What is a seemingly straightforward update often becomes an emotional and conflicting task, resulting in over/under culling and causes much angst over the old adage: what if it comes back into fashion? Be warned, once started, it’s difficult to abort the wardrobe clear out mission.
I love a wardrobe cleanse and find even the task of refolding the aforementioned jumper drawer therapeutic, regardless if any eliminations have been made. I’ve adopted a consultancy role and gladly advise friends on their incoherent collections. I relish the Simon Cowell ‘it’s a no from me’ authoritative position, employing a cruel-to-be-kind policy, which can be quite cathartic itself.
Despite excelling in wardrobe management, I still aspire to the illusion of a perfectly coordinating capsule collection. I envisage, in the event of a missed alarm or impromptu catch-up, I could fall out of bed into an effortless ensemble, eliminating that disappointing mid-morning ‘outfit regret.’ I know people who have reached this pinnacle and digitally catalogue outfits on their phone and set-up home collection/direct debited dry cleaning accounts. I’m yet to reach these dizzy heights, but each season I aspire to this harmonious wardrobe relationship.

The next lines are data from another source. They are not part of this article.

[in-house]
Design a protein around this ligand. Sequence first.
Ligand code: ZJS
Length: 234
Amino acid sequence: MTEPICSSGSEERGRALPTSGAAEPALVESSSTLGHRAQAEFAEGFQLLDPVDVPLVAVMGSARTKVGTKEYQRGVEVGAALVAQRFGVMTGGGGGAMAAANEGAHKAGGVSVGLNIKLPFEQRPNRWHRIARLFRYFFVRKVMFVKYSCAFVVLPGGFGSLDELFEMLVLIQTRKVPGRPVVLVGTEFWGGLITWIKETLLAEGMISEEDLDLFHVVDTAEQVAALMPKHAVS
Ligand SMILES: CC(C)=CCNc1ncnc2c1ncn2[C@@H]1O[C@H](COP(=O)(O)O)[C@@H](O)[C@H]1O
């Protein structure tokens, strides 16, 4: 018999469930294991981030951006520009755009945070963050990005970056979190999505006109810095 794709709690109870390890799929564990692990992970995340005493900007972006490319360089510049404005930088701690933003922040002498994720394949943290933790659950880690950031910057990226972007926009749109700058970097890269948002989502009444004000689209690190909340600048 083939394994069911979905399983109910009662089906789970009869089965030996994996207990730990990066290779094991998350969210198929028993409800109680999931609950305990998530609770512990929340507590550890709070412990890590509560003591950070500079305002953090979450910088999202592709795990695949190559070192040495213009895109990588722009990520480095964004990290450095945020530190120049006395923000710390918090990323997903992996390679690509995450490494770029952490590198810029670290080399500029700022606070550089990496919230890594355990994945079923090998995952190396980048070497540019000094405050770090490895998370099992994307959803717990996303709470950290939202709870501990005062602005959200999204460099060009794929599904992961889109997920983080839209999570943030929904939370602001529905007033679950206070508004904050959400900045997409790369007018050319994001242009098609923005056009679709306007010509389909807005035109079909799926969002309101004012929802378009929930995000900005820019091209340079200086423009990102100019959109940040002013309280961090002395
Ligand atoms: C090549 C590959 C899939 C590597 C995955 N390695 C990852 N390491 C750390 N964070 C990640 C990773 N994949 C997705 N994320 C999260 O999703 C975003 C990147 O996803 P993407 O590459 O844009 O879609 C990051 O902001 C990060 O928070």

I think a wardrobe purge not only makes your hanger-space less of a premium but also cleanses the soul and signifies a new-start. Let’s be honest, January is never a good month to kick-start ‘new year, new me’ regimes. A change in clocks is a much better time to implement fresh starts. Additionally, empty hangers in the wardrobe rationalise new purchases, which can be justified fully when twinned with that fact that you’ll wear it all winter (which let’s face it, is the bulk of the year).
In light of the fact that holiday season is someway off, it’s comforting to know a change is as good as a rest.
|When embarking on this seasonal challenge, make sure you tackle it fittingly by following these guidelines:
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